What we like about a unique, well-known, enduring brand like Revlon in the beauty-products business is the steadiness of demand, high profit margins (EBITDA margin @ 20%), and the resulting predictability of free cash flow over time.
Revlon's business proved to be highly recession resistant during “The Great Recession,” when consumer spending retreated sharply worldwide, company sales dropped about 5% from 2007 to 2009, but EBITDA and free cash flow actually rose.
On top of that intrinsic business stability is a company that has been transformed over the past three years since Alan Ennis took over as CEO. He had been the CFO, but was promoted in 2009 to navigate the company through the financial crisis and put it on more solid operational and financial footing. He’s done just that, paring the product line-up, refinancing debt and significantly cutting costs, to the point where Revlon’s EBITDA margin, at just under 20% (up from 16.5% in 2007), is now on par with much larger industry peers such as L’Oreal and Estee Lauder.
Free cash flow, which has been negative until 2008 because the company was burning so much money on interest expense and an unrefined cost structure, should be around $100 million this year, or $1.91 per share, before extraordinary items. In addition to using that FCF to deleverage (net debt + preferred stock = 4.4x est. 2012 EBITDA, vs. 6.4x in 2007), they have also made tuck-in acquisitions of Sinful Colors in 2011, for $39 mil., and Pure Ice in 2012, for $66 mil., both businesses primarily produce nail polish.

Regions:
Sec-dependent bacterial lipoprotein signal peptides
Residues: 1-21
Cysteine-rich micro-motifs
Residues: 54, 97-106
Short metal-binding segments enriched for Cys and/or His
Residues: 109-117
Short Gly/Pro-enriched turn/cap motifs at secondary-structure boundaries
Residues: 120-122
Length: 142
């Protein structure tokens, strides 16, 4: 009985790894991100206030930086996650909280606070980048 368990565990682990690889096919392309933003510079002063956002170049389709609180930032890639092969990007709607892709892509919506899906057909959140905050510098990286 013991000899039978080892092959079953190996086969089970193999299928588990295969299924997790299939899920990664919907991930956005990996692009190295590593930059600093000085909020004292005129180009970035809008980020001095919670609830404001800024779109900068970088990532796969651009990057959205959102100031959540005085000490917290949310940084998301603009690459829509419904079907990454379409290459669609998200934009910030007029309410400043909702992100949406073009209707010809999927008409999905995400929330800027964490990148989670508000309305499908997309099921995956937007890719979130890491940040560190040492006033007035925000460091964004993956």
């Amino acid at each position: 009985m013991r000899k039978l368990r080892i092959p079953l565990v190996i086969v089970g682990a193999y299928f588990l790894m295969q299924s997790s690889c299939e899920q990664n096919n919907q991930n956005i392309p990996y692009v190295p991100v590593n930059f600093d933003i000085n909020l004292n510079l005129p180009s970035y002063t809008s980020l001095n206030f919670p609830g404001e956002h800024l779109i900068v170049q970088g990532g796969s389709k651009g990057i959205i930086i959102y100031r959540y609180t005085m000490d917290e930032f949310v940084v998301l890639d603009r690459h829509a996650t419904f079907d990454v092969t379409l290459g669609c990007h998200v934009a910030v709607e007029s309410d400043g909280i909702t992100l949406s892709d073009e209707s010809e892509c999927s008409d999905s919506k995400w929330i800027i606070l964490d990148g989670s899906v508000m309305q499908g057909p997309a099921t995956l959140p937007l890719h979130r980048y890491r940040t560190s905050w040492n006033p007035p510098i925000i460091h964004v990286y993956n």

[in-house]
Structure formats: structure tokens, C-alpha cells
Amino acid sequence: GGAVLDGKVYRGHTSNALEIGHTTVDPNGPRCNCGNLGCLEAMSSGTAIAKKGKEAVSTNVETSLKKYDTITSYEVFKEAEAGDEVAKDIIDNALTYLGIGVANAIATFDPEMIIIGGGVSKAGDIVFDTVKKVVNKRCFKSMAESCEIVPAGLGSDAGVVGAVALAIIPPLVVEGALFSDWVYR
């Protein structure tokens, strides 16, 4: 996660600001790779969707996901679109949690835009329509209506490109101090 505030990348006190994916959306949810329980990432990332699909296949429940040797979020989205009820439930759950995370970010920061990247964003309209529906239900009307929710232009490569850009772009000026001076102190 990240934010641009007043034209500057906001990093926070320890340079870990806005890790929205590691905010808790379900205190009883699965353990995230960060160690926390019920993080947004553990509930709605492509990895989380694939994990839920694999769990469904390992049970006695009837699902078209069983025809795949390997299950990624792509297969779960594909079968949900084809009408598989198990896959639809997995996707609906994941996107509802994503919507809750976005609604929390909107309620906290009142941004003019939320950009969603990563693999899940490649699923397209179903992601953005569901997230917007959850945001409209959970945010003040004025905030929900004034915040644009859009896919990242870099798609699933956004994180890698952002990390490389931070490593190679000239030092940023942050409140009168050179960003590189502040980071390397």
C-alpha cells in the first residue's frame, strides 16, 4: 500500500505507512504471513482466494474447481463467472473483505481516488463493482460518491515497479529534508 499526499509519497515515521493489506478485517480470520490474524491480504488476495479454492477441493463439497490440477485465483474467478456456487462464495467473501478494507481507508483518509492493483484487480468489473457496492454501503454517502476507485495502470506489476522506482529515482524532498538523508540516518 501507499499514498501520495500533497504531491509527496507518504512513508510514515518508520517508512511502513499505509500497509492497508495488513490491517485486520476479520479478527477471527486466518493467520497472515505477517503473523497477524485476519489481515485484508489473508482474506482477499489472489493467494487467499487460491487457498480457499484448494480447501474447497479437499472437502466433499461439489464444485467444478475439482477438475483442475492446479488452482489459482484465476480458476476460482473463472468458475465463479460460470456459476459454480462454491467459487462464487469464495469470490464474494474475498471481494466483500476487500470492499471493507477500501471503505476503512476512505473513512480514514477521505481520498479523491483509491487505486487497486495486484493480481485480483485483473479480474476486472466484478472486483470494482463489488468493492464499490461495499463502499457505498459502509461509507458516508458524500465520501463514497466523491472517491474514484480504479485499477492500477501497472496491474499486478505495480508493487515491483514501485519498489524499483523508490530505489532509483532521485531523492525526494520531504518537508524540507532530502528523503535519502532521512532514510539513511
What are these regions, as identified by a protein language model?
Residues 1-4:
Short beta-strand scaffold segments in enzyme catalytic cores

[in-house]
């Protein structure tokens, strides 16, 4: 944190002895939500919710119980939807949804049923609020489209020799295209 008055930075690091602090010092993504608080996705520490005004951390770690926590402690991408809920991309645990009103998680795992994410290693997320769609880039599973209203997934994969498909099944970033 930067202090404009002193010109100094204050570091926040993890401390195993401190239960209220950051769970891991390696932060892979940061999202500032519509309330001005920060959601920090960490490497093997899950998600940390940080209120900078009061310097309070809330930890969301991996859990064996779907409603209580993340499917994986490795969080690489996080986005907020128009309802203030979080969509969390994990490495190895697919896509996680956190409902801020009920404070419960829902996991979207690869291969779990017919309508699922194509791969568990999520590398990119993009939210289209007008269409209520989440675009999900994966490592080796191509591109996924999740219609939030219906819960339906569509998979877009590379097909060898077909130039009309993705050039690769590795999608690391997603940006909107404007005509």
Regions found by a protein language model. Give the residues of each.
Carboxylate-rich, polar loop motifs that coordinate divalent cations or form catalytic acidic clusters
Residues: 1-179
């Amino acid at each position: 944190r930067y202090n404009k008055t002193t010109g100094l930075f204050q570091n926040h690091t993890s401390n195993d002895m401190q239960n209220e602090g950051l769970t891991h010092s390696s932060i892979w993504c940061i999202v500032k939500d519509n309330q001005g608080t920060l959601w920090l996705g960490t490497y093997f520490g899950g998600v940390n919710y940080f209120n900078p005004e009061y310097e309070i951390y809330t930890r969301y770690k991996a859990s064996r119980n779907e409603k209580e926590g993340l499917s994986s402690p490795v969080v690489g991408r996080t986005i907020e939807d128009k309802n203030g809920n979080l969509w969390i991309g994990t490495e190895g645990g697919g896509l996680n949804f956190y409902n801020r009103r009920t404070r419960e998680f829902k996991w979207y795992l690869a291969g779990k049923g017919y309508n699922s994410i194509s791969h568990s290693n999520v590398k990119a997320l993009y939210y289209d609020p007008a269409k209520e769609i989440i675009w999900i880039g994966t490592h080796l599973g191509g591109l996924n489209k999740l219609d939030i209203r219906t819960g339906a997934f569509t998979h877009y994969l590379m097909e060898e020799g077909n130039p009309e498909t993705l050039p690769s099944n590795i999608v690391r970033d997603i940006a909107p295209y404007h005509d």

Beside the limited float and resulting illiquidity in the shares and lack of analyst coverage (only two sell-side analysts cover the stock), we think the main reason that the market hasn’t more fully recognized Revlon’s recent transformation is the fact that Ronald Perelman, who took the company private in an LBO in 1985, before bringing it public again via an IPO in 1996 at a split-adjusted price of $219.63, still controls 76.3% of the shares.
The quality of the business is high enough and the discount to intrinsic value here is large enough that we’ll accept the illiquidity in the stock and the risk that Perelman might act against our interests at some point in the future.
Public peers like Estee Lauder and L’Oreal currently trade for around 13x EBITDA on a total enterprise-value basis, with market cap. to free cash flow multiples of about 25x on average. Revlon, at today's closing price of $15.10, trades at a TEV/EBITDA multiple of 8x and a mkt. cap./FCF multiple of 7.9x.
Although Revlon's nearly 20% EBITDA margin is similar to its much larger peers, those other companies have achieved much better track records of growth, so Revlon probably does warrant somewhat of a discounted valuation, just not such a gaping disparity as we see it today.
Our estimate of fair value for REV is $26 (72% higher than current price), which is derived by applying a 10x multiple on estimated 2012 EBITDA of $280 million, which equals a $2.8 billion total enterprise value, subtracting $1.18 billion in net debt, $48 mil. in preferred stock, and $217 million in pension liabilities, yielding an equity value of $1.355 billion, divided by 52.35 million shares outstanding, equals $26 per share. That equity value also equates to about 13.6x the $100 million in free cash flow the business should generate in 2012.